R: Access to new technologies such as machine learning or quantum computing. We can envision a future where criminals use AI-powered models to detect bank weaknesses and automatically launch tailored attacks. Or quantum computing applications capable of deciphering the encryption algorithms than we currently use to protect transactions.
From the point of view of the motivation driving attacks and the relevance of their perpetrators, we will see more and more episodes of cyberterrorism, cyber wars capable of having a systemic impact and increasing global instability.
“We can envision a future where criminals use AI-powered models to detect bank weaknesses and automatically launch tailored attacks”
Q: Will biometrics be the solution to make passwords a thing of the past?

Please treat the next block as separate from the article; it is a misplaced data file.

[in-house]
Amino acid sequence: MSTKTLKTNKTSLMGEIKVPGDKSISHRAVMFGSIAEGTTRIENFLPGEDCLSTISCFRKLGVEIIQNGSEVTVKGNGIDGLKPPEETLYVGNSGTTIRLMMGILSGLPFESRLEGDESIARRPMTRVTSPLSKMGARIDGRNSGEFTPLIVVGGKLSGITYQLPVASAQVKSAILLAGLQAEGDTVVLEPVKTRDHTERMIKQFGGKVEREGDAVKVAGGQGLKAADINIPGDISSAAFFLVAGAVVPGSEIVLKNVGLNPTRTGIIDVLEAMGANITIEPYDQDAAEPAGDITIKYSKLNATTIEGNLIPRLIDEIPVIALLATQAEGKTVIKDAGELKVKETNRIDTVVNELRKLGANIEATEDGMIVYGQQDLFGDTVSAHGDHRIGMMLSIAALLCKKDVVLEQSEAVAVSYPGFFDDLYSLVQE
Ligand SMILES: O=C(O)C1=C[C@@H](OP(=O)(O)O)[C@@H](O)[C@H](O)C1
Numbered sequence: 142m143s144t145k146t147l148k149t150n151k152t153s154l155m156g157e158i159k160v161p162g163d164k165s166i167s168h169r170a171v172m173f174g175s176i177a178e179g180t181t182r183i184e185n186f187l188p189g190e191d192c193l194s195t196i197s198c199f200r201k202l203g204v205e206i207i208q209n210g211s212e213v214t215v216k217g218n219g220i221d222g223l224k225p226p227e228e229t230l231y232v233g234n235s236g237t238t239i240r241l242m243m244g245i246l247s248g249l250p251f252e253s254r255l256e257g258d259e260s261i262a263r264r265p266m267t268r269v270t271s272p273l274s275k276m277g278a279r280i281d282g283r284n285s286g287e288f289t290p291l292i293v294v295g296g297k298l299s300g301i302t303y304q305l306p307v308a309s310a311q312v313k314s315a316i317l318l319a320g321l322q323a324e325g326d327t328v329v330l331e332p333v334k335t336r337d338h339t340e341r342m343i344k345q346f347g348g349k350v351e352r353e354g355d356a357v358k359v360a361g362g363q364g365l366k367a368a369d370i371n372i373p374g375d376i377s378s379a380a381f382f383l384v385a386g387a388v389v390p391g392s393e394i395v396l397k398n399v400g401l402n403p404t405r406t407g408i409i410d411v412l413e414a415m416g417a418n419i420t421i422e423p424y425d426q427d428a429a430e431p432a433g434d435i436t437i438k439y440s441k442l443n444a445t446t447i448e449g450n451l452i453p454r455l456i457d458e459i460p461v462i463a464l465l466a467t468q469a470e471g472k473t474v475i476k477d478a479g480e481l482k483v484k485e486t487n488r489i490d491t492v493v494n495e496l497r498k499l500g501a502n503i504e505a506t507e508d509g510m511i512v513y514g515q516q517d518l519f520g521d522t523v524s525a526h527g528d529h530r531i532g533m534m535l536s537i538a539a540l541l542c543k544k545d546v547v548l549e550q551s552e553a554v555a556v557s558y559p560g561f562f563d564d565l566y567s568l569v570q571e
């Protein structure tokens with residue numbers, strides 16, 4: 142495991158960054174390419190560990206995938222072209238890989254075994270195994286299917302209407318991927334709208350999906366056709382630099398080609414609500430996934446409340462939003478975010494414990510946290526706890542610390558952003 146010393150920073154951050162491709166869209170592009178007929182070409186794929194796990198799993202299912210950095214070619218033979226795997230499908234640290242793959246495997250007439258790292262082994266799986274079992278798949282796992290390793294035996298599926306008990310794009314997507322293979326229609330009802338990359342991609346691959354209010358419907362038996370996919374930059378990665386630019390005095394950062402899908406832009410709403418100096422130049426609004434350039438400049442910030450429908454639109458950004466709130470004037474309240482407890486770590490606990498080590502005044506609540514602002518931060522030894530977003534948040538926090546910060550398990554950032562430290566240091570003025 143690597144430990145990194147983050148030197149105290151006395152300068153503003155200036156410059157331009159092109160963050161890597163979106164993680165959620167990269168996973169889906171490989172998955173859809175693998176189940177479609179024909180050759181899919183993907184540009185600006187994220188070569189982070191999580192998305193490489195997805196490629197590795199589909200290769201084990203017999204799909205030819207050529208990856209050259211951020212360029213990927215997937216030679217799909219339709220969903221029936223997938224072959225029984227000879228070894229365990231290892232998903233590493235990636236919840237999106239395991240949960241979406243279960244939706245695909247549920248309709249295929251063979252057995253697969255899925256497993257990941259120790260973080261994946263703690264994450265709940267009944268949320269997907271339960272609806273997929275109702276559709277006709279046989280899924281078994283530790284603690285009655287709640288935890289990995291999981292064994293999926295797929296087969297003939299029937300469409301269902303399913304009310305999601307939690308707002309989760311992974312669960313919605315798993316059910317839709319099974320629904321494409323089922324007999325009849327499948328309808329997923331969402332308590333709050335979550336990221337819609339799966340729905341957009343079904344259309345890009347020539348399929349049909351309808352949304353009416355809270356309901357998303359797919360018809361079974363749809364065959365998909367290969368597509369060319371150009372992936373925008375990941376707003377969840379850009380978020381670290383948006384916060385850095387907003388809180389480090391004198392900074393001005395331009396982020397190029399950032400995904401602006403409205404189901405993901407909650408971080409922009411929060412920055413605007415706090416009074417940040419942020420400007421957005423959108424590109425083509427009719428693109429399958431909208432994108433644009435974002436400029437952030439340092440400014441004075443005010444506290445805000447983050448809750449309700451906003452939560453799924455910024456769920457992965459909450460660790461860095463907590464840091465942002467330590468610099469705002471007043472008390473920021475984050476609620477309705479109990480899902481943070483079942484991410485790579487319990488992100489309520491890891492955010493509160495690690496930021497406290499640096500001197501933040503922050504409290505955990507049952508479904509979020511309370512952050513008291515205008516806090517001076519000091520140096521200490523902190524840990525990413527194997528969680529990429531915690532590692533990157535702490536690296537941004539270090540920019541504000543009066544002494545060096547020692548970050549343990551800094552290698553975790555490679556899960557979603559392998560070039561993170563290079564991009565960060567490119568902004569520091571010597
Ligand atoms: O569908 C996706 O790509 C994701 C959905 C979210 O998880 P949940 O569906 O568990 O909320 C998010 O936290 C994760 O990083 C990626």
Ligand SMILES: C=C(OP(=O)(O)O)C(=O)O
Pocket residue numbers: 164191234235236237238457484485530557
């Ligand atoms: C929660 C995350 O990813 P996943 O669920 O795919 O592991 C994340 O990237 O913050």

R: Personal identification solutions consist of two parts: authentication and authorization. Who are you and what do you have the right to do? And it is always said that the best way to design security strategies is considering three questions: who are you, what do you have and what do you know. “Who are you” includes biometrics; “What do you have” refers to the devices we use (we analyze behavior patterns in relation to access devices to detect possible suspicious movements based on which we can automatically detect possible breaches or attacks); And then “what do you know” would consist of the classic personal questionnaires.
The sum of all this is that we are making fast progress towards a passwordless world.
Q: What do you think the future will bring us?
R: Advanced data analytics are critical to understanding what’s going on and identifying and anticipating areas for improvement. The key is understanding the data and being able to ask the right questions. Many people get into data projects without knowing what to ask or how to ask for it. And that’s wherein lies the difference. There is always going to be crime. What’s important is to protect yourself better than the others do, even better than the bad guys.